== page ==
Ah, we also just returned from watching Royston Tan's latest film, 881. All about the getai (or song stages) that pop up during Singapore's Hungry Ghost Festival. Brilliant stuff. Should honestly be a contender for an Oscar for Best Costume. No kidding, for example, there were lasers beaming out from pointy durian-shaped bras. Woo hoo! And the music. Just fantastic - made me want to to learn Hokkien and buy a minus one of getai music!

The film student in me is itching to write a paper about it, and to compare it with another recent film (or more accurately, video), the equally marvellous Invisible Cities by Tan Pin Pin. Both present quirky perspectives of Singapore, without ever turning themselves into "Singapore films", if you get my drift, and hence, avail themselves to international audiences.

Ah well, as it's Sunday and I have major bout of the Sunday blues, I have neither the time nor the energy to write anything insightful at the moment. So just try to catch these films if you have the chance. Promise you it's worth it.

Wednesday, August 08, 2007

Happy Birthday Singapore!

D is Sing-Biz Man!

Tomorrow we celebrate Singapore's 42nd birthday.

In true Singapore style, public servant D is caught up with nationalistic sentiment and takes part in the National Day Best-Dressed competition at his work. He is decked out by his team mates in the red-and-white colours of Singapore. He dons a cape, adorned with the logos and parephenalia of the pioneering companies of Singapore. He is... Sing-Biz Man! The number one Super Hero for Singapore in the 21st century!

Err, D works at the place that regulates businesses in Singapore incidentally.

Err, that brown oblong object is part of a Charles & Keith shoe box by the way.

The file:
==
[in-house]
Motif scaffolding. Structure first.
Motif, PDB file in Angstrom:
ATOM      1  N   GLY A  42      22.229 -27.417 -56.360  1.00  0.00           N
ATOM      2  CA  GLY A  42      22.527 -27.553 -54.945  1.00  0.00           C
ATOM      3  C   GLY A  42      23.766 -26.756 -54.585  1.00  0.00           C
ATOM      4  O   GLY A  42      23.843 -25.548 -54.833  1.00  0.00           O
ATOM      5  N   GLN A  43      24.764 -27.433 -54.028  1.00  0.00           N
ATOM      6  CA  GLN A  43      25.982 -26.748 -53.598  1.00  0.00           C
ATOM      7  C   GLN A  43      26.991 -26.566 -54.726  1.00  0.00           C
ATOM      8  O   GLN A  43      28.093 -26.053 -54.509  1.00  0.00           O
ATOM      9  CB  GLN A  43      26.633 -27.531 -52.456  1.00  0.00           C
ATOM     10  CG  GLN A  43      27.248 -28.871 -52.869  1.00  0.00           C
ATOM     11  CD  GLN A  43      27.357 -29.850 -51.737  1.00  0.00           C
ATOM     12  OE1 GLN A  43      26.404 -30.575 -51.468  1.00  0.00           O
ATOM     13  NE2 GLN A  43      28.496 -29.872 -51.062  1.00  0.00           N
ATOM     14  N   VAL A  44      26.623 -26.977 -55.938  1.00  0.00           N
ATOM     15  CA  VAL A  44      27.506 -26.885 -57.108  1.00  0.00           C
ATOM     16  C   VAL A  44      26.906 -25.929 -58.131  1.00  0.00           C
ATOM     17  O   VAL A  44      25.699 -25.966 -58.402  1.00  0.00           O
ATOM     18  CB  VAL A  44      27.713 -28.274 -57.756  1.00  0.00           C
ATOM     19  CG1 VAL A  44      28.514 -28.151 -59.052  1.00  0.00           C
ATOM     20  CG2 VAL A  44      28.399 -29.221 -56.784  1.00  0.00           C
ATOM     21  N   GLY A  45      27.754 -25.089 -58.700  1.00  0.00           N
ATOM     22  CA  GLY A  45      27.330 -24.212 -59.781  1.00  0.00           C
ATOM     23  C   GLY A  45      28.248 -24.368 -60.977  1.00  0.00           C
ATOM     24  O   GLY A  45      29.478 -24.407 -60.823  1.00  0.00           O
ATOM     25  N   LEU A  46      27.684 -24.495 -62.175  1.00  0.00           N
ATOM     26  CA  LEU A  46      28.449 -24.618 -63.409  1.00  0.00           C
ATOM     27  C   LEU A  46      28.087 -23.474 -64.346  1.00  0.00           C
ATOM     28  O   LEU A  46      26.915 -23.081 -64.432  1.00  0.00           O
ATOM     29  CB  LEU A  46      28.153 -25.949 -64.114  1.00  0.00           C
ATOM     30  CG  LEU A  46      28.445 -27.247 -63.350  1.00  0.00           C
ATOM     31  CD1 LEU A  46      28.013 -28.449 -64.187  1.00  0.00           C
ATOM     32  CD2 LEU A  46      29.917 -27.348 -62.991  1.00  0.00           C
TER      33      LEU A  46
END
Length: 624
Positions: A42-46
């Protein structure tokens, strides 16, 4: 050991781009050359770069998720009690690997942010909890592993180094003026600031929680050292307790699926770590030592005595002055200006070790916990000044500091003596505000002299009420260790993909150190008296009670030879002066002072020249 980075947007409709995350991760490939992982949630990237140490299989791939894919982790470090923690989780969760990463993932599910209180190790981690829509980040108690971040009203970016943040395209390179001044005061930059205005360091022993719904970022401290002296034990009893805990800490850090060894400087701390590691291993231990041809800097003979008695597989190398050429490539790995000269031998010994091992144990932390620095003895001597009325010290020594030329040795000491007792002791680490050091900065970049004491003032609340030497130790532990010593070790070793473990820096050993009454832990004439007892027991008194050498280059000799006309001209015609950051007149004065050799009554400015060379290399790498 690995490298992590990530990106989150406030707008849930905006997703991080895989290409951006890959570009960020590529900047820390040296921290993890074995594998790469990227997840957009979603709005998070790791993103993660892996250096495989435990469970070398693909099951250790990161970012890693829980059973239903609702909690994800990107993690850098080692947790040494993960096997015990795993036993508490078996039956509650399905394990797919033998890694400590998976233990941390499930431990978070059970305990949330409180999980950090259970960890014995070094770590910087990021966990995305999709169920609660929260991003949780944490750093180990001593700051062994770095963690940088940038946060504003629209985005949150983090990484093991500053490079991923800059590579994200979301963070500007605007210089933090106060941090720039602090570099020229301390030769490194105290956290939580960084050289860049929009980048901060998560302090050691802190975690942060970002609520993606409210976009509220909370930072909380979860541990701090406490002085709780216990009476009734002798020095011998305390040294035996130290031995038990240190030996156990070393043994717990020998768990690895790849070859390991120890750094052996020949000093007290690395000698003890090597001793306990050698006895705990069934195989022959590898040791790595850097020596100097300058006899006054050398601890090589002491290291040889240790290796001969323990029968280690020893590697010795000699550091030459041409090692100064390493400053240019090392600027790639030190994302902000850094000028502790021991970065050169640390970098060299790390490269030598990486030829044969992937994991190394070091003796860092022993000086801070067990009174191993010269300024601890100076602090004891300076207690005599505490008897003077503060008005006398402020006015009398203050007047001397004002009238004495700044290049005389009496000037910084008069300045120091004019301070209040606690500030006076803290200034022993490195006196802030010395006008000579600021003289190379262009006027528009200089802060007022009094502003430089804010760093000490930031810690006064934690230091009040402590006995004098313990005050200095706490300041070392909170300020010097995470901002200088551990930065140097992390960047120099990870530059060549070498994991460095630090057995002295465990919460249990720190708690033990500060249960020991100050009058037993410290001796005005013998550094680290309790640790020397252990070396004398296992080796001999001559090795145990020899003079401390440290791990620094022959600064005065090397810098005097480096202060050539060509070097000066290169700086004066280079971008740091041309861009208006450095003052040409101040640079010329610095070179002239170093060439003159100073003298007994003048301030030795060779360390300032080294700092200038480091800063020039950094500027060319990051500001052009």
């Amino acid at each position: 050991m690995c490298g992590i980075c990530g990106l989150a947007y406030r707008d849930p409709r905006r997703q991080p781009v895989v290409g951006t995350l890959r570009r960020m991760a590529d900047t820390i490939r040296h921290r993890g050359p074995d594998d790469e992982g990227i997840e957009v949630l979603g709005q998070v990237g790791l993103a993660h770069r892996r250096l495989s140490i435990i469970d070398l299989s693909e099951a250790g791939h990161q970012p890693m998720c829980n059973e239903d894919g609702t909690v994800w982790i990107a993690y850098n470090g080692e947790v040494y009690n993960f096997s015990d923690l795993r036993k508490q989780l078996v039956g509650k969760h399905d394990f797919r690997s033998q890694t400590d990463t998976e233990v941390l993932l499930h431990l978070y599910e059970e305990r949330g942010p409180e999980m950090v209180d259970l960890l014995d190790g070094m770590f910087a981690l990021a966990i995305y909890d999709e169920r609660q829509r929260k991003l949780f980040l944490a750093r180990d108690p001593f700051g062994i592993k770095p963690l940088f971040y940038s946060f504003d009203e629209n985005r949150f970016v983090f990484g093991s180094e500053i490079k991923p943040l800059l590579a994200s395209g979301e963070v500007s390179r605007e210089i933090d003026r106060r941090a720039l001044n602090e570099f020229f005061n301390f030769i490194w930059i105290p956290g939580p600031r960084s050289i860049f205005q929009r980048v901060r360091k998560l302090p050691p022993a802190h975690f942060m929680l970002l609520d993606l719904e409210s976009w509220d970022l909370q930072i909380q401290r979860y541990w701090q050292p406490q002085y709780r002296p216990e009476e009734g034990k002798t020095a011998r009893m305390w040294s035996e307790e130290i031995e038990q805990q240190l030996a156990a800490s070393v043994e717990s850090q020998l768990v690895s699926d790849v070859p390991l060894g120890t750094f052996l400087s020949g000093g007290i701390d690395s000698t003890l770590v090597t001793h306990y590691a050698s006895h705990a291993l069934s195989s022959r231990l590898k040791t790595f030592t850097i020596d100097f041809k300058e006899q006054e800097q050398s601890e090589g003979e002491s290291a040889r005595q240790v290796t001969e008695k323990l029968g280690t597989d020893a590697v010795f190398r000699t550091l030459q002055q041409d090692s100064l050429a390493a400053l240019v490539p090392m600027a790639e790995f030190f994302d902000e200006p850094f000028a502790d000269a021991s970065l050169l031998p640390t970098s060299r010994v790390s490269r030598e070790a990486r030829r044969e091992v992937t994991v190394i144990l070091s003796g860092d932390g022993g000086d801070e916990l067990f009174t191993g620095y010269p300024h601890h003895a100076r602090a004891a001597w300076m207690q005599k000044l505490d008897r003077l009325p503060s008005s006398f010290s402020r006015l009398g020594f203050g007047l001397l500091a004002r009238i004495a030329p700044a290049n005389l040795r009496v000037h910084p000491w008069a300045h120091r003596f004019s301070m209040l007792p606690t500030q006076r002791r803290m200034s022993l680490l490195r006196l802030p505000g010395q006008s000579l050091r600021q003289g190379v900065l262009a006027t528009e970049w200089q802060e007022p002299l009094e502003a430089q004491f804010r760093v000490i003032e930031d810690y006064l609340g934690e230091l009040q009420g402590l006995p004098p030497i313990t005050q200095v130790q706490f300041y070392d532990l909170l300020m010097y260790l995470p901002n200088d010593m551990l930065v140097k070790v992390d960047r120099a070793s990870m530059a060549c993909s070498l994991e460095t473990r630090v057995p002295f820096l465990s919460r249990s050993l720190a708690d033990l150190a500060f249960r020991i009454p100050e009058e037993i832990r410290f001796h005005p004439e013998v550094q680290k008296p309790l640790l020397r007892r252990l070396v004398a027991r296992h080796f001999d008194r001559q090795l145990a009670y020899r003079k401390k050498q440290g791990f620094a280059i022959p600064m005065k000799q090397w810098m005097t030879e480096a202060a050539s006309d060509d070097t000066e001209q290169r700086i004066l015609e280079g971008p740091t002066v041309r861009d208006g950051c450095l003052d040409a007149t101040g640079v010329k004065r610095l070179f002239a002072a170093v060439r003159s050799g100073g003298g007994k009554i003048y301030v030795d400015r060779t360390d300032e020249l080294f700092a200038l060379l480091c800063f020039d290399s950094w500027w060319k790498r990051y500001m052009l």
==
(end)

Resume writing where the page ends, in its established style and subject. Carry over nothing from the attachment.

So Sing-Biz Man wins best dressed! Congratulations to him, and to lovely ol' Singapore for evolving from a tiny speck of tropical swamp into the heady metropolis that it is today. Majulah Singapura!

PS: Singapore's 42nd birthday is significant, as we all know that 42 is the answer to the riddle of life, the universe and everything in between.

Thursday, August 02, 2007

It all hinges on one kiss. Who cares?

Ok, this confirms that for me, Lionel Shriver is a one-book-wonder.

I was utterly blown away by We Need to Talk About Kevin. It made me question the notion of motherhood, of roles thrust upon individuals by society, and of an increasing apathy in youth. Read it if you can. It's harrowing but worthwhile.

I didn't approach The Post-Birthday World hoping for that same intense experience, but I was expecting something disarmingly original.

And instead of original, I felt slightly betrayed by Shriver's use of a gimmick. That old plot device of one decision resulting in two different consequences.

In a nutshell, the story is about one woman, Irina, and the decision she makes one night - whether to kiss a man (a volatile snooker player -of all things!- with an 'ideous Cockney accent) she feels strangely attracted to, or to forego the reckless kiss for a life of stability and happiness with her current partner (an intellectual, rational academic working in a UK think tank). That's about it. The 517-page trade paper back then goes on to delve in the minutiae of her parallel lives had she a) kissed snooker guy, b) not kissed snooker guy.

Erk. I return to Harry Potter and the Half-Blood Prince in grateful ecstasy.